The preference (im)precision treatment will encompass Parts I-VI, as in the replication treatment, with the exception that in Part I, preference (im)precision measurements will be collected for the first time subjects encounter each of the ten gambles (without a coin-flip), and then when they will face the remaining 30 lottery decisions coin-flip option (again see Agranov & Ortoleva, 2017, for details) will always be available. This time, there is no cost imposed for the coin-flip.

Both treatments will conclude with a questionnaire, closely mirroring the one administered in Agranov & Ortoleva (2017).

Additionally, we will implement a Memory Test, asking subjects to recall if they have seen a lottery or not: 12 have been seen before, and another 12 are new. The ones previously seen are from FOSD1, FOSD3, EASY1, EASY2, HARD1, HARD3. The new ones are selected to have the same expected value as the 12 previously seen. This memory test is incentive-compatible, as subjects are asked to estimate the accuracy of their responses. If their estimate is within a 10% margin of their actual correct guesses, they receive an additional bonus fee.


Agranov, M., & Ortoleva, P. (2017). Stochastic choice and preferences for randomization. Journal of Political Economy, 125(1), 40-68.
Experimental Design Details
The study will be conducted using Prolific Academic and Qualtrics for our data collection.

We target a sample of N = 120 in each treatment cell. There will be two treatments: a replication treatment and a preference (im)precision treatment. Overall, we plan to recruit 240 subjects in total.

The original study by Agranov & Ortoleva (2017) was conducted over four lab sessions with an overall sample of 80 subjects. However, our study will differ from the original study in a number of dimensions (e.g., population; lab vs. online experiment; US dollar vs. British pound payments) and thus we have conservatively increased the sample size to 120 subjects per treatment, representing an increase of 50% in relation to the original (treatment) sample.

Regarding payments, subjects in the original experiment earned an average of $19, equating to an hourly earnings of $25. In line with current exchange rates, we plan to pay our subjects £20 per hour, a sum considered ‘great’ pay on Prolific.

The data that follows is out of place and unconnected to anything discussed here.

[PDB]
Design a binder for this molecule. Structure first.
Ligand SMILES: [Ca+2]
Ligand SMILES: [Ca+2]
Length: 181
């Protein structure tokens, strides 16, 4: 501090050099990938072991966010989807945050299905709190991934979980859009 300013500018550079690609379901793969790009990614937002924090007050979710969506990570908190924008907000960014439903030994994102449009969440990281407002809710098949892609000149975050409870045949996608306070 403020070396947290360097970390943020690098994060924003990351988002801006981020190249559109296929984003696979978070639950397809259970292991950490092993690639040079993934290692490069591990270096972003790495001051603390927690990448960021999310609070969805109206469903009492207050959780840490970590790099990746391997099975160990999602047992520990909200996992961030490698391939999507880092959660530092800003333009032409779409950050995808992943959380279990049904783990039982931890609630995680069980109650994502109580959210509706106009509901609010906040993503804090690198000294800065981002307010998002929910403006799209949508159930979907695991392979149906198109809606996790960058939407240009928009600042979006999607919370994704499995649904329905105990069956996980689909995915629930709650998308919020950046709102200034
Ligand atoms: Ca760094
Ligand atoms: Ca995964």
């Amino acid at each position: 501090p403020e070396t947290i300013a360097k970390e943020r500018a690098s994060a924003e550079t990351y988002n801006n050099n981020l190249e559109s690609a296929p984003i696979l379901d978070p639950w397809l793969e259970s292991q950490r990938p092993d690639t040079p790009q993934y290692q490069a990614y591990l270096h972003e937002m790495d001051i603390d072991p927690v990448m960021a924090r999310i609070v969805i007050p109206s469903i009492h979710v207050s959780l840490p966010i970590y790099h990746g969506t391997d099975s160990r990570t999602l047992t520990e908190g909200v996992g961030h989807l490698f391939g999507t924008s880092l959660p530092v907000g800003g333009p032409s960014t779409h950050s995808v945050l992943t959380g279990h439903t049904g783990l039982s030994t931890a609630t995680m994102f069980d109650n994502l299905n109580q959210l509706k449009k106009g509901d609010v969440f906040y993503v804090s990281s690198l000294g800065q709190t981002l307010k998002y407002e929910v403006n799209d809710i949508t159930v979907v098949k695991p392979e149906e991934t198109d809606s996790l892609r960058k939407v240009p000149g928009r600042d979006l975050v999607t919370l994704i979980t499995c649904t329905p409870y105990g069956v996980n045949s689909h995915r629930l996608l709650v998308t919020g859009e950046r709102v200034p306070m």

Randomization Method
Randomisation into treatments:

Subjects are block-randomised into one of the two treatments using the “Randomiser” tool within Qualtrics. Within each treatment, there are two orders to which subjects are randomly assigned (for more details, see Agranov & Ortoleva, 2017). For Parts V and VI, subjects are also randomly assigned to two predetermined orders that have been determined by a random number generator in Stata 18 software.

Lottery randomisation:

In addition to a show-up fee, subjects have the opportunity to earn a substantial bonus based on their decisions in the several gambles at each stage. We use custom JavaScript code in Qualtrics to randomly determine the outcomes of chosen gambles.

This code randomly selects a question from:
(i) Parts I or III, and then plays out the lottery a subject has chosen in that question;
(ii) Parts V or VI, and plays out the lottery a subject has chosen in that question.

Moreover, for each of the questions in Parts II and IV, the code plays out the lotteries and sums up all earnings across these parts. All earnings are represented as Tokens, which are then converted to Pounds (£) at a predetermined exchange rate.
Randomization Unit
Was the treatment clustered?

Experiment Characteristics

Sample size: planned number of clusters
240 Prolific subjects.
Sample size: planned number of observations
240 Prolific subjects.
Sample size (or number of clusters) by treatment arms
120 Prolific subjects per treatment.
Minimum detectable effect size for main outcomes (accounting for sample design and clustering)

Institutional Review Boards (IRBs)

IRB Name
Nottingham School of Economics Research Ethics Committee
IRB Approval Date
IRB Approval Number


Post Trial Information

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Is the intervention completed?
Data Collection Complete
Data Publication

Data Publication

Is public data available?

Program Files

Program Files
Reports, Papers & Other Materials

Relevant Paper(s)

Reports & Other Materials